A few years ago the very existence of parent company General Motors was hanging in the balance but the Cadillac brand has made a spectacular comeback with an edgy design vocabulary in the CTS line and a seriously powerful headline-grabbing variant in the CTS-V coupe. The house style is sufficiently distinctive and the handling sufficiently sorted (we'll ignore the soon-to-be-killed-off Escalade) that the CTS is attracting buyers in Europe, something notoriously difficult for US car brands. Cadillac is feeling confident and that confidence was evident at Monterey last week where it unveiled a concept convertible that showcases a design direction for the future and its desire to move further upmarket, which of course, is exactly where Cadillac should be.

The Ciel (french for sky) is an long elegant boat of a car with strong design hints of previous Cadillac glories. Mercedes Benz has shown how successful you can get by incorporating body cues from the past into modern vehicles in an almost comic "retro-fabulous" style, and GM has clearly got the message. Modern metal-bending allows for shapes that were impossible in that time and you can see how the massive front and rear light clusters of bygone Cadillacs have mutated into sharp blades whilst still retaining a flavor of their iconic forebears. That hood-hump has been a Cadillac trademark since the early 70s.

While the exterior is a beautifully proportioned cruiser suitable for the Pacific Coast Highway - even the 22-inch rims look correct - GM has really gone to town on the interior. Automated suicide doors reminiscent of Lincoln convertibles past provide access to individually adjustable armchairs. The complex but tasteful hand-made interior sculpture of Olive wood, nickel-plated metal and burgundy leather is beautifully executed and though this a concept vehicle there is actually very little that couldn't make it into production - the pull-out wool blankets and the aromatherapy controls probably.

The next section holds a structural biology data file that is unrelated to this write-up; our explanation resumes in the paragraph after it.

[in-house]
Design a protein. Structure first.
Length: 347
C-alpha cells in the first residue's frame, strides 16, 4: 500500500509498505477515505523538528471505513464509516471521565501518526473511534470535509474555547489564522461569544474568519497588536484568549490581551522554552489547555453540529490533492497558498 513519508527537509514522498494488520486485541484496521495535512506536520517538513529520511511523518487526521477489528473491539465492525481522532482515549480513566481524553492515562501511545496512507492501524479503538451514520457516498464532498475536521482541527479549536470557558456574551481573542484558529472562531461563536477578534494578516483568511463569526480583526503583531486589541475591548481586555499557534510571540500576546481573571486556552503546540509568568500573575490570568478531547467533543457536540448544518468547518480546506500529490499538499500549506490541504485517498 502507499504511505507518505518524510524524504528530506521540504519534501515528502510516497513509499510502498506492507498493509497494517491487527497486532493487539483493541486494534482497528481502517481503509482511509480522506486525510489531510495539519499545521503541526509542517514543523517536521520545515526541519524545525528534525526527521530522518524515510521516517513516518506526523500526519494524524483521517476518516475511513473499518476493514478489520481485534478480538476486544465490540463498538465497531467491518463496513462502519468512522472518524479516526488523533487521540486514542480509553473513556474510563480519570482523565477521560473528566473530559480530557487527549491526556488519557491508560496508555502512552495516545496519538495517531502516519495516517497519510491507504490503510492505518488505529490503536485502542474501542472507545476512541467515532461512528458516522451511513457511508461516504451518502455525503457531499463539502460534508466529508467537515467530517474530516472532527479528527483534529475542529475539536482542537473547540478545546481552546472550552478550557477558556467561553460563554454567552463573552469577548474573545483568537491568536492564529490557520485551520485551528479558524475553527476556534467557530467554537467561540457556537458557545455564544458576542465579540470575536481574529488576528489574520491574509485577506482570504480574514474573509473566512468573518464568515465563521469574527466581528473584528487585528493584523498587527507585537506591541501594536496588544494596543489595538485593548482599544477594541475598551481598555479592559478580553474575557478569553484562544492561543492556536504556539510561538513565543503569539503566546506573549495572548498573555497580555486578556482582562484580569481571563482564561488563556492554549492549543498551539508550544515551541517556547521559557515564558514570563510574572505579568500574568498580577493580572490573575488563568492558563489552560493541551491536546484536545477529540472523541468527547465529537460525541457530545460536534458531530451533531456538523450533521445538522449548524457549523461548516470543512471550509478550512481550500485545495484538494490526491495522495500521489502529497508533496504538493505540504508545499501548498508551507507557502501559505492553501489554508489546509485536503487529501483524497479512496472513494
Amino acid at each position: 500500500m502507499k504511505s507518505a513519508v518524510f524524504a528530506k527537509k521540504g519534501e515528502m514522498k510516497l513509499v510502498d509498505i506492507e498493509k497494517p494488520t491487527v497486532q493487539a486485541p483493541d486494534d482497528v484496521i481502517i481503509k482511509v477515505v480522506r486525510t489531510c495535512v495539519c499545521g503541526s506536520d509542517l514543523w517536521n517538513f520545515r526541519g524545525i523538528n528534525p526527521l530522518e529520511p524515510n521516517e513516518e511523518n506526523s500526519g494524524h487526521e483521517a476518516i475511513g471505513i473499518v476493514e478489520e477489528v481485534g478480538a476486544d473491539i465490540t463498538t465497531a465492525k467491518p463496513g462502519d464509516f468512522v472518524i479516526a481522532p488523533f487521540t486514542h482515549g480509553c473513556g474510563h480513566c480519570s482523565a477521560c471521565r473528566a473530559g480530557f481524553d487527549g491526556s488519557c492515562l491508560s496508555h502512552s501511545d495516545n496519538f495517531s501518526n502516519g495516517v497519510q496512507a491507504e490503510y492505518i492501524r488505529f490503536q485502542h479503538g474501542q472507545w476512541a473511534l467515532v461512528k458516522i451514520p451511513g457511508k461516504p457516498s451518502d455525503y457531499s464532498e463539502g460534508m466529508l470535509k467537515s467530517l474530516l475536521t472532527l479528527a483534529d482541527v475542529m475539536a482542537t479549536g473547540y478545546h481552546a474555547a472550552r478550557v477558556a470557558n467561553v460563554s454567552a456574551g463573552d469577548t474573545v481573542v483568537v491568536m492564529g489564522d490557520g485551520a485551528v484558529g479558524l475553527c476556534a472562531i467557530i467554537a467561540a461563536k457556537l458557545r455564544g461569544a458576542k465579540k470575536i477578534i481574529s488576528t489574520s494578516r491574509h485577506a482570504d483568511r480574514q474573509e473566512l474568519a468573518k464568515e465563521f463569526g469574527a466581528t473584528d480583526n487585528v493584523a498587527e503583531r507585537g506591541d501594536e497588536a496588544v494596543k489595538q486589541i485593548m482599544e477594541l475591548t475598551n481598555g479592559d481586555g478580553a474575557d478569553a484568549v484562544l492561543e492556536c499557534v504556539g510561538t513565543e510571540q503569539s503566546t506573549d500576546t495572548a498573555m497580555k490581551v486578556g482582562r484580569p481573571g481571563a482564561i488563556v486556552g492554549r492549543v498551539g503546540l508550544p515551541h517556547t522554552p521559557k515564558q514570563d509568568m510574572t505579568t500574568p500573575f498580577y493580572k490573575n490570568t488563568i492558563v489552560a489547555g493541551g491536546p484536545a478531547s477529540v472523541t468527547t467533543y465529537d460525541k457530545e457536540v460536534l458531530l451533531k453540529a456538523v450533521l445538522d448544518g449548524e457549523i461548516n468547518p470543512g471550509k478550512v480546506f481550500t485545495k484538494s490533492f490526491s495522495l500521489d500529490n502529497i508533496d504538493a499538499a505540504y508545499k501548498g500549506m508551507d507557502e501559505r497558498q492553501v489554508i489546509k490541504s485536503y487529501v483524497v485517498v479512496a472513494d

Motivation for the 203-inch (5.175 m) long car is provided by a twin-turbo V6 producing 425 hp (317 kW) assisted, of course, by an electric unit capable of wafting the vehicle silently at low speeds.

This would be a very expensive vehicle to produce. The Converj/ELA that we covered a few days ago is the future direction of Cadillac mainstream cars but it might be that GM sees a time when a handmade and unashamedly luxurious Cadillac might make a great deal of sense for the brand. If this is the quality of design and execution that they are capable of then bring it on we say.